What this means is that for women, far more than for men, relationships become about a spiritual wrestling.
She can’t speak up and ask him to define the relationship. She is at the whim of when he texts her; when he wants to see her; what he wants to tell her.
The only thing she can do is pray.
That’s why Passion & Purity is far more a book about a woman wrestling with God about whether or not she trusts him enough than it is about a courtship. It was that lesson that I think Elisabeth Elliot was trying to teach girls–that if you want to be married, you need to make sure you’re completely satisfied with Jesus first.
Dating, then, becomes a test of how much you love Jesus. If you want a successful relationship, you have to “put it on the altar” and sacrifice it. You have to turn it over to God (how many girls have written men’s names on scraps of paper and put them in a basket during an altar call at a retreat, when we’re told to give it all to Him?) You have to relinquish it.
For girls, dating is a praying, begging, relinquishing, spiritual experience far more than it ever is for boys, because girls can’t make anything happen on the relationship front. All we can do is pray. And so that’s what we do, and our journals are full of it all.
And this whole dichotomy allows men to string women along because they never promised anything.
Catherine and Peter Marshall’s relationship had much of the same “stringing along” as Jim and Elisabeth Elliot’s. In fact, so many of our revered and idolized couples look the same. He’s a powerful, charismatic man, and she’s enamoured with him, and he loves having a woman hang on his every word, but he’s not going to commit until he absolutely has to. And so he can use her and break her heart again and again and again and it’s still somehow considered Christian.
I’m not sure there’s a way to end this unhealthy dynamic except for women to start speaking up earlier and saying, “you’re either in this or you’re not, and if you’re not, I’m leaving.”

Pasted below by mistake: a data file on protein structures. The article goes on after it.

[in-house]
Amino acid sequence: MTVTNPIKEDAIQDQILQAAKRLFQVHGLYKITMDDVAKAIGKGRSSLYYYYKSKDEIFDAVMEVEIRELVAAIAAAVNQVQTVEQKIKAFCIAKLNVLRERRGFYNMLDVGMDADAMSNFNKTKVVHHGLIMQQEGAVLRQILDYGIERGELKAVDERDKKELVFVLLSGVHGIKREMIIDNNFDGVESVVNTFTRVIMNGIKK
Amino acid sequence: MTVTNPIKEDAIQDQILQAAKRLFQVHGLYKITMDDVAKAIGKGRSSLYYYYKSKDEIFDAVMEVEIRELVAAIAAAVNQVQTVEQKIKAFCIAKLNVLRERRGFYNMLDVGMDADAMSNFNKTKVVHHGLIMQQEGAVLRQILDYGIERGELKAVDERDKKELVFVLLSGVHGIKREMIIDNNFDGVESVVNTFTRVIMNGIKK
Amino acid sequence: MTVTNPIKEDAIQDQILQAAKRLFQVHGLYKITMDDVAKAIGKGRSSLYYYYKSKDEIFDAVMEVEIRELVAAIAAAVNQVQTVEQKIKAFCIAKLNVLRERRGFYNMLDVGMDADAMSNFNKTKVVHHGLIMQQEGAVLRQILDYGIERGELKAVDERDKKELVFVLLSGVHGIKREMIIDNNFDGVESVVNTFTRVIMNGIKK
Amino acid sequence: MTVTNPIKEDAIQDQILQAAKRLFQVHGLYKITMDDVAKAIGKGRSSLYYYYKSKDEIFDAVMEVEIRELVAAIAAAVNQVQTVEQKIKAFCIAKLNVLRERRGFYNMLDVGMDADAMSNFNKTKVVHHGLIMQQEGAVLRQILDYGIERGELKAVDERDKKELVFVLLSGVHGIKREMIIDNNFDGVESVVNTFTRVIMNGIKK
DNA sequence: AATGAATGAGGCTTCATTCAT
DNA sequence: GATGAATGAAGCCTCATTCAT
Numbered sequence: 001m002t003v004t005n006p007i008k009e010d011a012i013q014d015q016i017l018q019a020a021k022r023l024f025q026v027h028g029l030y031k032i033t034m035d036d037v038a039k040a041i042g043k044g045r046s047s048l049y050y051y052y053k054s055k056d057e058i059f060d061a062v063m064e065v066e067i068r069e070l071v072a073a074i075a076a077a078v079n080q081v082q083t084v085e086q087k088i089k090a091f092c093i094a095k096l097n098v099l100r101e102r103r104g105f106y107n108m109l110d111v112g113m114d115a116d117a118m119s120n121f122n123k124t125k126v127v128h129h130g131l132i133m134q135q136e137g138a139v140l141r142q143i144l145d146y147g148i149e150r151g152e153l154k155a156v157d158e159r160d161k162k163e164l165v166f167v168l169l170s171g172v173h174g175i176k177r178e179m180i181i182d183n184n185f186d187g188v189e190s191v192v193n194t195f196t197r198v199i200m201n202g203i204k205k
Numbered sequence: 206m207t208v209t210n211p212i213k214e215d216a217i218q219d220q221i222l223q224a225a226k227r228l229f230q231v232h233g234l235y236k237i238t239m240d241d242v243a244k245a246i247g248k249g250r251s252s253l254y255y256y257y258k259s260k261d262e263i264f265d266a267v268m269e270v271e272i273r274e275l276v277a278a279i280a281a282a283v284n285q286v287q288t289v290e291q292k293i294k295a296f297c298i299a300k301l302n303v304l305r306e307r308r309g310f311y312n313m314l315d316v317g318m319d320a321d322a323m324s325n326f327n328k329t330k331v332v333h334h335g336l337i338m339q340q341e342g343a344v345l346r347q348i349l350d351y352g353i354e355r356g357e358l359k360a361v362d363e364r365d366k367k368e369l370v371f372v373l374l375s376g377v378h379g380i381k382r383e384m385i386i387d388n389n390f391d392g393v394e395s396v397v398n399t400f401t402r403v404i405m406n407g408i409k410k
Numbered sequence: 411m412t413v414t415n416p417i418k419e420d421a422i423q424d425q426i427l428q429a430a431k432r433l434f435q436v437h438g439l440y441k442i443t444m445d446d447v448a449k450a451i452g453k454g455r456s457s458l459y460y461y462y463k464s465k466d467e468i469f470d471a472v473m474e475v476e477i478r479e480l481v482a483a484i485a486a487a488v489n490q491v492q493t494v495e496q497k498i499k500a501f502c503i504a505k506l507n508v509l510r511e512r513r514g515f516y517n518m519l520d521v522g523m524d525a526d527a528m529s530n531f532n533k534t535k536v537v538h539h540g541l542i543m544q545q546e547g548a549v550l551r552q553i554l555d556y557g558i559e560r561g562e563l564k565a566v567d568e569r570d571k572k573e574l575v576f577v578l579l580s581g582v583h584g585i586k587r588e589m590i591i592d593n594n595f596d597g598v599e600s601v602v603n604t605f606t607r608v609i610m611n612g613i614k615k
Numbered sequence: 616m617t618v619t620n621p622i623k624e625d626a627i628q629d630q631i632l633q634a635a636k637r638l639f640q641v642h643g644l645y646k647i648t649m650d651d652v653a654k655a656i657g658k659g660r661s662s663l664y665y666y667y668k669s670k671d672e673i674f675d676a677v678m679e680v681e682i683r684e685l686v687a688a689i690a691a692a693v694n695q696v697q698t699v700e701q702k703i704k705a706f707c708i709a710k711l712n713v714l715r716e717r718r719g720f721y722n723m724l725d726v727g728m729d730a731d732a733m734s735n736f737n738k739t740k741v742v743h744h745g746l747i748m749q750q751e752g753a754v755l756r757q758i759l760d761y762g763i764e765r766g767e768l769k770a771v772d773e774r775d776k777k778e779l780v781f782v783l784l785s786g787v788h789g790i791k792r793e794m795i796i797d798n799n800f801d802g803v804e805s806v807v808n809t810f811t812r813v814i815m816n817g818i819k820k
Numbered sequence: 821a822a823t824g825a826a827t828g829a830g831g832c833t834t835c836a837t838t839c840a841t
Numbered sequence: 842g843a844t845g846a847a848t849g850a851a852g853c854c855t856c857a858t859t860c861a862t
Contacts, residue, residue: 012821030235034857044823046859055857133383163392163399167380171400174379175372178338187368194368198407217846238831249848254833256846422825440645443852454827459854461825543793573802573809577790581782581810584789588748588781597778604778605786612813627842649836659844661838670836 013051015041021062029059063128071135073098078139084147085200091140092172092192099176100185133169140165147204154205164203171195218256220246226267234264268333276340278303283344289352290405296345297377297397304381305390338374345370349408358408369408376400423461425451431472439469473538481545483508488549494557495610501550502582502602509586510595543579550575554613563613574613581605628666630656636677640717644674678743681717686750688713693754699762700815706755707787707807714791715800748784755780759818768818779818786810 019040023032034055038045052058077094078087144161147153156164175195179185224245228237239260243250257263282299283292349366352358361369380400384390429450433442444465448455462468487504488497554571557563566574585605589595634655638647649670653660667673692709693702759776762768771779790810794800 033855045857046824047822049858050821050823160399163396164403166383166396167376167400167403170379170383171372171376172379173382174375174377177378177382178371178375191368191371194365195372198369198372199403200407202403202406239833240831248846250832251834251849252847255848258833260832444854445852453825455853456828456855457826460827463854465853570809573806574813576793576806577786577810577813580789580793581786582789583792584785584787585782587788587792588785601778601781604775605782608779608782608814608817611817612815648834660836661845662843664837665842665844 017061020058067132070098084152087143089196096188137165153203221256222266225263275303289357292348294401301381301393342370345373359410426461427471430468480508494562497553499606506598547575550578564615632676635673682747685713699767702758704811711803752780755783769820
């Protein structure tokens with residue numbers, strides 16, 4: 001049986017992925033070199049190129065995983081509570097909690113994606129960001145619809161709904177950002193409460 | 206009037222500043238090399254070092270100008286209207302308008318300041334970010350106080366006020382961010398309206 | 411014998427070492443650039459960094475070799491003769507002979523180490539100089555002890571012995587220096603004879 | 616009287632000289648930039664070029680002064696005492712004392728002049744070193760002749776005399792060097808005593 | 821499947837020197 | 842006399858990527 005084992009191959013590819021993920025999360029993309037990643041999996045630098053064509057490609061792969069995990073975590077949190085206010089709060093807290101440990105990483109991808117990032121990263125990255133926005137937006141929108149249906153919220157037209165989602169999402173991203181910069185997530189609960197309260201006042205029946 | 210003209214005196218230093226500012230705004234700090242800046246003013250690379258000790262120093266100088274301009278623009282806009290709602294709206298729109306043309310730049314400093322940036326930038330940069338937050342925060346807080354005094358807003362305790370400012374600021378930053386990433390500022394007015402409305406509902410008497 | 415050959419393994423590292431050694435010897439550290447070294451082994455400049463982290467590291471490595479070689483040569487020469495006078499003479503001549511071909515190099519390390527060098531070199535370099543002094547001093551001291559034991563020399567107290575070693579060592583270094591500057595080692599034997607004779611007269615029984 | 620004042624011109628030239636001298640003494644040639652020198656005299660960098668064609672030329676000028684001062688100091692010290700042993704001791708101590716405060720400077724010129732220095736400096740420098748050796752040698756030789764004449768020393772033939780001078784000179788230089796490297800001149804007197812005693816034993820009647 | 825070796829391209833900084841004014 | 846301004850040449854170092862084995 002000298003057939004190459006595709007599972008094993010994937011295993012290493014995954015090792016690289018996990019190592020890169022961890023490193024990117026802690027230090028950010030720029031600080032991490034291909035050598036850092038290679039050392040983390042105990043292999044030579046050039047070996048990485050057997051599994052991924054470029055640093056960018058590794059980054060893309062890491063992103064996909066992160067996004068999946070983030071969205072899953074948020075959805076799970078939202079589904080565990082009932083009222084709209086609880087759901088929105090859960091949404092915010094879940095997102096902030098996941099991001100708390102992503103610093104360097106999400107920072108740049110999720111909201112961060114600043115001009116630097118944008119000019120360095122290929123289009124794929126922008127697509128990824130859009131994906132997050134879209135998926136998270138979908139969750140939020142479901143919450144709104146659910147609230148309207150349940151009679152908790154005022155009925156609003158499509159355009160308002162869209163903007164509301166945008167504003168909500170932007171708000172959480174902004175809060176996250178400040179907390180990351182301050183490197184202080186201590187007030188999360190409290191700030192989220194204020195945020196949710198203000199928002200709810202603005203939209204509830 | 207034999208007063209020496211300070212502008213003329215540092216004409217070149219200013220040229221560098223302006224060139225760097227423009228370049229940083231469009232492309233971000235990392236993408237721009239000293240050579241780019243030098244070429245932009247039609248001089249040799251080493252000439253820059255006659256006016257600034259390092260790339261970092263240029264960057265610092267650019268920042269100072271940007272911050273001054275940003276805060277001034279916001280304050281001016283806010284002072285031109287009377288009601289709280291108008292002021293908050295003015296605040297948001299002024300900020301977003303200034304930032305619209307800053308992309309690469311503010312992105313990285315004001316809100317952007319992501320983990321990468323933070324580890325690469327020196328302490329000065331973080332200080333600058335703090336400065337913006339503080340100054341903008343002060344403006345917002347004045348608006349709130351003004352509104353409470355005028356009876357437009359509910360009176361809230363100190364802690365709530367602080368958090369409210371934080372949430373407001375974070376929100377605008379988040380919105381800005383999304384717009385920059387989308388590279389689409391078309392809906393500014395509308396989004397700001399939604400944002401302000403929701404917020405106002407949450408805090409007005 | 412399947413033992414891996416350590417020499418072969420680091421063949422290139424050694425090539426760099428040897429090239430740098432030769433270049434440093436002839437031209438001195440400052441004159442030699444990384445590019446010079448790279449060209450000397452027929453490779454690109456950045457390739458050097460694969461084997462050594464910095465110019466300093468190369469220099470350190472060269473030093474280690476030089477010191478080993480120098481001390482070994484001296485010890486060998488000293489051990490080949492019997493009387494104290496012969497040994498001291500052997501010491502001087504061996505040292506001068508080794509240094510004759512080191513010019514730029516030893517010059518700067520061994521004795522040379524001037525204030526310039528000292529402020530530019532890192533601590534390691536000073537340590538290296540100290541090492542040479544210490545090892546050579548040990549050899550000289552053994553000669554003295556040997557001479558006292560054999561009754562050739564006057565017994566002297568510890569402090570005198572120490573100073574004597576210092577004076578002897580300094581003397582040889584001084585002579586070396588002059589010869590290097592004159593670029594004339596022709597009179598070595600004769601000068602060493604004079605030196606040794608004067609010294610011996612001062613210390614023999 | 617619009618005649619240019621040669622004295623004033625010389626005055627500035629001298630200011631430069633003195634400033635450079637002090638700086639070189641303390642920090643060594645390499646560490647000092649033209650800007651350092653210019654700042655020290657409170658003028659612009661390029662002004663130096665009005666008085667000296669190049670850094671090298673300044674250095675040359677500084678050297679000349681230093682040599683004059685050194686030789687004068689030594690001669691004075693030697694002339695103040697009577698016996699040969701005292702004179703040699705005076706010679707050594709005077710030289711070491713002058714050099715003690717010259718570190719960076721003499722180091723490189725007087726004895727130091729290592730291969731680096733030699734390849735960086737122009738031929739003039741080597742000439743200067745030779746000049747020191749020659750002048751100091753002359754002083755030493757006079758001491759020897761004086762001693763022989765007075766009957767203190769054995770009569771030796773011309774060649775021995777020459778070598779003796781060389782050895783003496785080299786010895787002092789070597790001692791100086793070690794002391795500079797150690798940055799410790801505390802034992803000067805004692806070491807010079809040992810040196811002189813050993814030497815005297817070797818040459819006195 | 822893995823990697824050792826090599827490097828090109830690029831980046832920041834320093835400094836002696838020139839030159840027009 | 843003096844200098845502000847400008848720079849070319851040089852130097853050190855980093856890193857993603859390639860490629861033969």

I think that’s what it’s going to take–women exercising boundaries and knowing our worth. But because we’ve overspiritualized relationships so much for women, it’s far more likely that she’ll internalize all of this as a test of her faith rather than as a litmus test for the possible health of any future relationships.
Being strung along, where he has all the benefits of a relationship but none of the responsibilities, is not healthy and is not of Christ.
We need to start calling out “friendationships” for what they are. They aren’t fair to the partner with less power–the partner who isn’t supposed to speak up and ask to define the relationship. They aren’t godly.
The worst I’ve ever felt in a dating relationship was when I was a “friendationship.” My girls will tell you the same thing. It’s awful.
I don’t know how to change it, but I do think we should stop overspiritualizing these types of relationships and calling them out for what they are.
What if you're NOT the problem with your sex life?
What if the messages that you've been taught have messed things up--and what if there's a way to escape these toxic teachings?
It's time for a Great Sex Rescue.
What do you think? Have you ever been in a “friendationship”? How did it make you feel? Let’s talk about it in the comments!
Sheila Wray Gregoire
Founder of To Love, Honor and Vacuum